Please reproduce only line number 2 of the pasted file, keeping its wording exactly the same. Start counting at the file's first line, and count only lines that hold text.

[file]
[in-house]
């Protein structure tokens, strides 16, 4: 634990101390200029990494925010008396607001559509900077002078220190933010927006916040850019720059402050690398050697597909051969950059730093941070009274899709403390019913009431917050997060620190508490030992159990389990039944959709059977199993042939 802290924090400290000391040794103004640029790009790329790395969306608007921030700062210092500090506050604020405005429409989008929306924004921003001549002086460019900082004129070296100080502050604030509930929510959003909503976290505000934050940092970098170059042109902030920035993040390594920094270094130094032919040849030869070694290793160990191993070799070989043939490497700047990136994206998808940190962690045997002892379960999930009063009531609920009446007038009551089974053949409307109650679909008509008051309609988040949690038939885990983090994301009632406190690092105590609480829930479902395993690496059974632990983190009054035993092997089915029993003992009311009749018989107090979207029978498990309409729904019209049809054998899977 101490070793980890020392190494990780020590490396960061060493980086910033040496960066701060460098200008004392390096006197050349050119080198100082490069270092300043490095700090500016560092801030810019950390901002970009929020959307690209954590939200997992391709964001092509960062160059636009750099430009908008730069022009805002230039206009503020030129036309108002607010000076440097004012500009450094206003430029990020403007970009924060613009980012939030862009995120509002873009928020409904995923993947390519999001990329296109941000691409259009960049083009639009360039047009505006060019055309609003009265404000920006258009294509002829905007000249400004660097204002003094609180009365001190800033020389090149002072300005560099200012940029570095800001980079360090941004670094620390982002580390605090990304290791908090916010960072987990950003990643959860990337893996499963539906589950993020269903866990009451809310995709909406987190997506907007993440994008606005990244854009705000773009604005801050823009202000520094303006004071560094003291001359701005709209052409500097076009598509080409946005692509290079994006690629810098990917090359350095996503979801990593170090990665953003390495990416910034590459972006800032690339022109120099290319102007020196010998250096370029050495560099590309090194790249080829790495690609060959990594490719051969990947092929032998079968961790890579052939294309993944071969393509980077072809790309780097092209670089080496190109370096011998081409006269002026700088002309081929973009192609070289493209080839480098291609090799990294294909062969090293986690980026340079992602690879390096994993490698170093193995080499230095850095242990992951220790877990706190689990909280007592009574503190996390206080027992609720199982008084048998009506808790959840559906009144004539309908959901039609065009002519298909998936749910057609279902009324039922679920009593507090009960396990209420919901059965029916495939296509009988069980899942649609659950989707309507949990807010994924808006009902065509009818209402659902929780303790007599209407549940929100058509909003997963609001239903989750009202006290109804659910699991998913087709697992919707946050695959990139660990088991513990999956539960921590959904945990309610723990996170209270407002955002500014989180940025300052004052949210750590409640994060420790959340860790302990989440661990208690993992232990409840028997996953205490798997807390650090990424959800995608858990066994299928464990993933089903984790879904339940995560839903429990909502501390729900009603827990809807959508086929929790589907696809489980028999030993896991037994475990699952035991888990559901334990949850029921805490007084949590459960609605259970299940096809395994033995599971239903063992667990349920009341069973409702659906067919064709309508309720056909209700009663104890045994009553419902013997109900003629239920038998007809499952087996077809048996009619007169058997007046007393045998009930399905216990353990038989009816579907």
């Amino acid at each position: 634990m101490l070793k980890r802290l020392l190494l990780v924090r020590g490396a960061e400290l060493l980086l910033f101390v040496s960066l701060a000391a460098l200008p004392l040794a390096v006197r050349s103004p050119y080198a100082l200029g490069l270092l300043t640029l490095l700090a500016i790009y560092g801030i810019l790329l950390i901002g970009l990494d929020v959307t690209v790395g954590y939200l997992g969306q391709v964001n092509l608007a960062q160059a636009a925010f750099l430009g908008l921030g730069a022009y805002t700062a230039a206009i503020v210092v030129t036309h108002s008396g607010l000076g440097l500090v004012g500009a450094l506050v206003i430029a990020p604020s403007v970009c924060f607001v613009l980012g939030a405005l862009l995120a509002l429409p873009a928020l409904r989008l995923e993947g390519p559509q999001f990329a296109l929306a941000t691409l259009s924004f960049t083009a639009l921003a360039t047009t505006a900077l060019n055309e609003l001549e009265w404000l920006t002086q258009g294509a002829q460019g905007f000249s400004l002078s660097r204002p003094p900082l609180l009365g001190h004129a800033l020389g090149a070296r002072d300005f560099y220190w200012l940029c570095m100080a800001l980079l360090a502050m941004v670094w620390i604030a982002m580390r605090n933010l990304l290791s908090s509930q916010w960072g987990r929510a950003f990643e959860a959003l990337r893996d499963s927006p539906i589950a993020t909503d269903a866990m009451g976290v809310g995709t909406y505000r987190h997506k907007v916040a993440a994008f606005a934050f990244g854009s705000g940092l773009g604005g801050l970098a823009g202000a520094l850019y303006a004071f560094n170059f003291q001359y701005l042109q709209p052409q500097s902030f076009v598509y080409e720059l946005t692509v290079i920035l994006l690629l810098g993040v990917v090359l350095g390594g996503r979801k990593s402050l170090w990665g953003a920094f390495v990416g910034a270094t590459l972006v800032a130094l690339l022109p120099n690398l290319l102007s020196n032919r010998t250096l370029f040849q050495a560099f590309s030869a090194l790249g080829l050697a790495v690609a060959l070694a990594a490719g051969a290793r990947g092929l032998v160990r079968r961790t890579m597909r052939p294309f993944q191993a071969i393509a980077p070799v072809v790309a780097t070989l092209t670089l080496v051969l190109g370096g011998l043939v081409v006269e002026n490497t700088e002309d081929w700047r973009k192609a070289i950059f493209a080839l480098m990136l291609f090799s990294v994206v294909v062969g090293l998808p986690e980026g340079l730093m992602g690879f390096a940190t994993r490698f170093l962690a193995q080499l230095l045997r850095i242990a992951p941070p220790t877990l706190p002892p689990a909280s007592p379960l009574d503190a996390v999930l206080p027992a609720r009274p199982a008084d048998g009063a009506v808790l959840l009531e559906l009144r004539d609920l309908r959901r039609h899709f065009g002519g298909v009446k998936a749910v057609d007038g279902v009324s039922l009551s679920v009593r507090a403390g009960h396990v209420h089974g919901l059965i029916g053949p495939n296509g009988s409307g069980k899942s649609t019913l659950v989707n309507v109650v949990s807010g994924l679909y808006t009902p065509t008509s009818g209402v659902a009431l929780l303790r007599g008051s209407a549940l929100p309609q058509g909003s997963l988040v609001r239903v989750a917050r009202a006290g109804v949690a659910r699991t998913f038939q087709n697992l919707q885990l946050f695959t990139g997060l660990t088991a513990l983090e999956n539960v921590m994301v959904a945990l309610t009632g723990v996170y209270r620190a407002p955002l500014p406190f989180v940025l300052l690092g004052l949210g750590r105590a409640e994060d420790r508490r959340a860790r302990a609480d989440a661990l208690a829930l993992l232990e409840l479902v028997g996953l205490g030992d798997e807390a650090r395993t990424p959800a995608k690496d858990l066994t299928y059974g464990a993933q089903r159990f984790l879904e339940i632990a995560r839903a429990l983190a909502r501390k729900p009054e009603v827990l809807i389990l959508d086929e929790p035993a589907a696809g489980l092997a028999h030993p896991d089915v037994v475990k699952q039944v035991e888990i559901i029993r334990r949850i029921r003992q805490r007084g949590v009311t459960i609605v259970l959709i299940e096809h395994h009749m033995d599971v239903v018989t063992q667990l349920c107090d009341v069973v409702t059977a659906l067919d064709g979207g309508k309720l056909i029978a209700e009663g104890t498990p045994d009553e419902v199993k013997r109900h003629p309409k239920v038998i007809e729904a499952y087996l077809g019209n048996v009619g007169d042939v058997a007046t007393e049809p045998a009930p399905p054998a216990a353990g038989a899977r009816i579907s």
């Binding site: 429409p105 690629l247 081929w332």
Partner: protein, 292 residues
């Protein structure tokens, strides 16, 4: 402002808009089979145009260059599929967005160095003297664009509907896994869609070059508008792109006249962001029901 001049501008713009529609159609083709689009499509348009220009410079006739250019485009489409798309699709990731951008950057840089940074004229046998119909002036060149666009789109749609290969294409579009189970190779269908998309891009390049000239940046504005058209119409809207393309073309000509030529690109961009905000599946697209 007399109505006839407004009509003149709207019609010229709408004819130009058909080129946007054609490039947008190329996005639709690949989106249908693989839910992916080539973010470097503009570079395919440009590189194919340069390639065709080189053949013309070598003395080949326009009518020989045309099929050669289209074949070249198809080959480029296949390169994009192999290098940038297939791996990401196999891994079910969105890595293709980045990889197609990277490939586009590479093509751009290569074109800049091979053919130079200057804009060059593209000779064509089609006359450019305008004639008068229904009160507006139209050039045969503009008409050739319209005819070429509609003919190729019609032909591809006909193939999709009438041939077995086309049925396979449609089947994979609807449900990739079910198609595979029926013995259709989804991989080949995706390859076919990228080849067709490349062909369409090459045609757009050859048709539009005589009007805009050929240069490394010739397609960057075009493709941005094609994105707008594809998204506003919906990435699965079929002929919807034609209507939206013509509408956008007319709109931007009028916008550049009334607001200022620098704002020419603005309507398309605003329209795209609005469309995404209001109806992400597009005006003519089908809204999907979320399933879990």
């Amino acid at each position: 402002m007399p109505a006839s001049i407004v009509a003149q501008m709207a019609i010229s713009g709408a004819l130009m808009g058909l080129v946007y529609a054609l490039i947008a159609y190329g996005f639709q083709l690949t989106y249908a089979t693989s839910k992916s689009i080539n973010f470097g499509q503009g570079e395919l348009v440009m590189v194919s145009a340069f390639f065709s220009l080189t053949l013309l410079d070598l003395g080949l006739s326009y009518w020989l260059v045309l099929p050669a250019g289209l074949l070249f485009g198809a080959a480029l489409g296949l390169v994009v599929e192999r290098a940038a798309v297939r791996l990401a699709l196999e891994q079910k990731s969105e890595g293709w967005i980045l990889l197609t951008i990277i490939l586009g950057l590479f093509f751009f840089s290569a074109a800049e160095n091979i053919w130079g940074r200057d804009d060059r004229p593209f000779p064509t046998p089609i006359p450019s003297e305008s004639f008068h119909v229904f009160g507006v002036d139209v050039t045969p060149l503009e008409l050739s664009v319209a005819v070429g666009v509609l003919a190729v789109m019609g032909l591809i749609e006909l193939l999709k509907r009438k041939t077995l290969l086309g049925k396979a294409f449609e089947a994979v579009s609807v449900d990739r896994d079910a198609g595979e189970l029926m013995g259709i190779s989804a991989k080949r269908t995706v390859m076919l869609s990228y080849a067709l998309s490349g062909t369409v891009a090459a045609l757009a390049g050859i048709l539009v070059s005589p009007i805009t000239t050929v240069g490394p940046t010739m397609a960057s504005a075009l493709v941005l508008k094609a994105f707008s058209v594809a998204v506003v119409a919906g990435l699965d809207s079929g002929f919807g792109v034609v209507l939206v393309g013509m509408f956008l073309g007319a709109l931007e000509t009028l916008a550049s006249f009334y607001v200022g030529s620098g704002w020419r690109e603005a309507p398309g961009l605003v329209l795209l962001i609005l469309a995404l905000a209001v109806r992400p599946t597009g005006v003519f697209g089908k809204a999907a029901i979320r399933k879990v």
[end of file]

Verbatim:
């Protein structure tokens, strides 16, 4: 634990101390200029990494925010008396607001559509900077002078220190933010927006916040850019720059402050690398050697597909051969950059730093941070009274899709403390019913009431917050997060620190508490030992159990389990039944959709059977199993042939 802290924090400290000391040794103004640029790009790329790395969306608007921030700062210092500090506050604020405005429409989008929306924004921003001549002086460019900082004129070296100080502050604030509930929510959003909503976290505000934050940092970098170059042109902030920035993040390594920094270094130094032919040849030869070694290793160990191993070799070989043939490497700047990136994206998808940190962690045997002892379960999930009063009531609920009446007038009551089974053949409307109650679909008509008051309609988040949690038939885990983090994301009632406190690092105590609480829930479902395993690496059974632990983190009054035993092997089915029993003992009311009749018989107090979207029978498990309409729904019209049809054998899977 101490070793980890020392190494990780020590490396960061060493980086910033040496960066701060460098200008004392390096006197050349050119080198100082490069270092300043490095700090500016560092801030810019950390901002970009929020959307690209954590939200997992391709964001092509960062160059636009750099430009908008730069022009805002230039206009503020030129036309108002607010000076440097004012500009450094206003430029990020403007970009924060613009980012939030862009995120509002873009928020409904995923993947390519999001990329296109941000691409259009960049083009639009360039047009505006060019055309609003009265404000920006258009294509002829905007000249400004660097204002003094609180009365001190800033020389090149002072300005560099200012940029570095800001980079360090941004670094620390982002580390605090990304290791908090916010960072987990950003990643959860990337893996499963539906589950993020269903866990009451809310995709909406987190997506907007993440994008606005990244854009705000773009604005801050823009202000520094303006004071560094003291001359701005709209052409500097076009598509080409946005692509290079994006690629810098990917090359350095996503979801990593170090990665953003390495990416910034590459972006800032690339022109120099290319102007020196010998250096370029050495560099590309090194790249080829790495690609060959990594490719051969990947092929032998079968961790890579052939294309993944071969393509980077072809790309780097092209670089080496190109370096011998081409006269002026700088002309081929973009192609070289493209080839480098291609090799990294294909062969090293986690980026340079992602690879390096994993490698170093193995080499230095850095242990992951220790877990706190689990909280007592009574503190996390206080027992609720199982008084048998009506808790959840559906009144004539309908959901039609065009002519298909998936749910057609279902009324039922679920009593507090009960396990209420919901059965029916495939296509009988069980899942649609659950989707309507949990807010994924808006009902065509009818209402659902929780303790007599209407549940929100058509909003997963609001239903989750009202006290109804659910699991998913087709697992919707946050695959990139660990088991513990999956539960921590959904945990309610723990996170209270407002955002500014989180940025300052004052949210750590409640994060420790959340860790302990989440661990208690993992232990409840028997996953205490798997807390650090990424959800995608858990066994299928464990993933089903984790879904339940995560839903429990909502501390729900009603827990809807959508086929929790589907696809489980028999030993896991037994475990699952035991888990559901334990949850029921805490007084949590459960609605259970299940096809395994033995599971239903063992667990349920009341069973409702659906067919064709309508309720056909209700009663104890045994009553419902013997109900003629239920038998007809499952087996077809048996009619007169058997007046007393045998009930399905216990353990038989009816579907």